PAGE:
2 Answers

  1. Outside of perception, all processes are free from interaction. Our attention organizes both cause and effect. Analyze your dreams. Think of a dreamless sleep.

  2. Who told you they didn't exist? 🙂 From an empirical point of view, there is a stable and regular relationship of events ordered in space-time. If we assume that this relationship is a reflection of regularities called laws of nature, then we come to the idea of nomological causality (from the word “nomos” – “law”). This is causality, expressed in the form of a law that connects certain classes of events (“consequences”) with other classes of events (“causes”) that precede them chronologically. There, of course, we still need to specify what kind of laws we use – whether in the form of logical consequence (implication) or not, in what modality (necessity/sufficiency), and so on. But on this basis, a grid of causal relationships is quite built up, sufficient for everyday experience and scientific knowledge.

    Another question is that it is impossible to prove or refute strictly logically that events are somehow causally forcing each other, i.e., they are genetically linked by some specific metaphysical relation of causation, and not just regularly ordered in space-time like film frames. In fact, David Hume was one of the first people to express skepticism about our intuitive understanding of causality and to point out that we are dealing only with the external side-the empirical connection of events. And this is not enough to strictly logically conclude that behind this connection there is a special universal metaphysical principle of causality. This is the subject of our causal belief. Just as the belief in the existence of an external reality is the subject of our existential belief.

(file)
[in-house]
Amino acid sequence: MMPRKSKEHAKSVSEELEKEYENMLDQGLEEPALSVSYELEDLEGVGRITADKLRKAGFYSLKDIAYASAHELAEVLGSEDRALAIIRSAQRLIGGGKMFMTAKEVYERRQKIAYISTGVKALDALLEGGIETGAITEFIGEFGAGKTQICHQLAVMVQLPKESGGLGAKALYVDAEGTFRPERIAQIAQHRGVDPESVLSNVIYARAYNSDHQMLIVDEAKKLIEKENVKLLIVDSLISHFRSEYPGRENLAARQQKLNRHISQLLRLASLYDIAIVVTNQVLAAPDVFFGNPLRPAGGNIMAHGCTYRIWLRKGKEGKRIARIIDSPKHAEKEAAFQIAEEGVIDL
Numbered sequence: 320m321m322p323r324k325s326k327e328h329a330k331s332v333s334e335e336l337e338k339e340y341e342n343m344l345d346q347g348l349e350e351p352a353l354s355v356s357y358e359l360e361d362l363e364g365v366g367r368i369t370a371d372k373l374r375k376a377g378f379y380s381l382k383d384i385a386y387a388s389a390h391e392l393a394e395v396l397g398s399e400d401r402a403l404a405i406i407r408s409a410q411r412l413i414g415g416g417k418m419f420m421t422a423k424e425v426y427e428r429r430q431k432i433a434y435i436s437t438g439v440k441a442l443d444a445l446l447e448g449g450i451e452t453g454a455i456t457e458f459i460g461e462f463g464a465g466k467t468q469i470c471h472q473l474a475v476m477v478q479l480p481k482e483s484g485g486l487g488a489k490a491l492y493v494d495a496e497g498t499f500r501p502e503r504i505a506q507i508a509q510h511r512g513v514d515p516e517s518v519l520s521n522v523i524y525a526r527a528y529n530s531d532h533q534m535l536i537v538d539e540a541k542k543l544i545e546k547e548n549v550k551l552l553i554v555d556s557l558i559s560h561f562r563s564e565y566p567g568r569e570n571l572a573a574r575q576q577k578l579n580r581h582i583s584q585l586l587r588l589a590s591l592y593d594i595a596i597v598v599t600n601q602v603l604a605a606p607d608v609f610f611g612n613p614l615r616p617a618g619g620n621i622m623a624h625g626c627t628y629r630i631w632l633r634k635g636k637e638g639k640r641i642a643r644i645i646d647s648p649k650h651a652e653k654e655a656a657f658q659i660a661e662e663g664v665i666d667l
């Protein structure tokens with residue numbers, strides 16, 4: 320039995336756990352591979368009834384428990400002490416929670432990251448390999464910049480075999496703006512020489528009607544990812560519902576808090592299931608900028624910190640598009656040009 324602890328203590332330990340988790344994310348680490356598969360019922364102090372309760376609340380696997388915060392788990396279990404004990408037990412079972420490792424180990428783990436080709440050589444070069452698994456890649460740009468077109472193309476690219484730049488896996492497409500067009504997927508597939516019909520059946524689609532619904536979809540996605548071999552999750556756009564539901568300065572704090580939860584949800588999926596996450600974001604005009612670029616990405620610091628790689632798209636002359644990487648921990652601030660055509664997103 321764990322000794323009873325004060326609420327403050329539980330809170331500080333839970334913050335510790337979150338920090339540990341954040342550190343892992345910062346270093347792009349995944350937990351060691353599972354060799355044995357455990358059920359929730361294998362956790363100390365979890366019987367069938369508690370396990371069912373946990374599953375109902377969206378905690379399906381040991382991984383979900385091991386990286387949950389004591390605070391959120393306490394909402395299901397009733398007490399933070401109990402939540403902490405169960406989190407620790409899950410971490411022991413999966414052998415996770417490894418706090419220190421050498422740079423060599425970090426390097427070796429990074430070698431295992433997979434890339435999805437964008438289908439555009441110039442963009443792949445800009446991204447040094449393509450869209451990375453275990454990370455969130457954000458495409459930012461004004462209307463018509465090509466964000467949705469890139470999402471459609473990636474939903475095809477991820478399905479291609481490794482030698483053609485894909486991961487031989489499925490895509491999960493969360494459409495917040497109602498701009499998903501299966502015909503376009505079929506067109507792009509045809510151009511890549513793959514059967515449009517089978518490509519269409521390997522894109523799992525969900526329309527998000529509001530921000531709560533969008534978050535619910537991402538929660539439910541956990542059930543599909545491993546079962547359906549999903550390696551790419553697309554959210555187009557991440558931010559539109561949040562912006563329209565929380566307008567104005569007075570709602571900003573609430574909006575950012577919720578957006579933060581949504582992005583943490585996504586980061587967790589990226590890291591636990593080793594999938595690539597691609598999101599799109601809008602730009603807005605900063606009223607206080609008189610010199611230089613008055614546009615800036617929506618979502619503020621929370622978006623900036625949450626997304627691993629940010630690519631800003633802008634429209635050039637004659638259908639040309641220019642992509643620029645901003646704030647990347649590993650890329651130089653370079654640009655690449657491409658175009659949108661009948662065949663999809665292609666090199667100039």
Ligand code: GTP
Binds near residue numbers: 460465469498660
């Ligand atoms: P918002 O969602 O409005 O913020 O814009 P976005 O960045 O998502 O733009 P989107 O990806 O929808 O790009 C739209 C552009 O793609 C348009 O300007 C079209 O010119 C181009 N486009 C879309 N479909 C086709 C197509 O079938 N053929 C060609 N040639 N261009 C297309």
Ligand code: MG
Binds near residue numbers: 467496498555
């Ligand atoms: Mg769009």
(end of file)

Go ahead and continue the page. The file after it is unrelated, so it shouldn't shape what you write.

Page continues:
Leave a Reply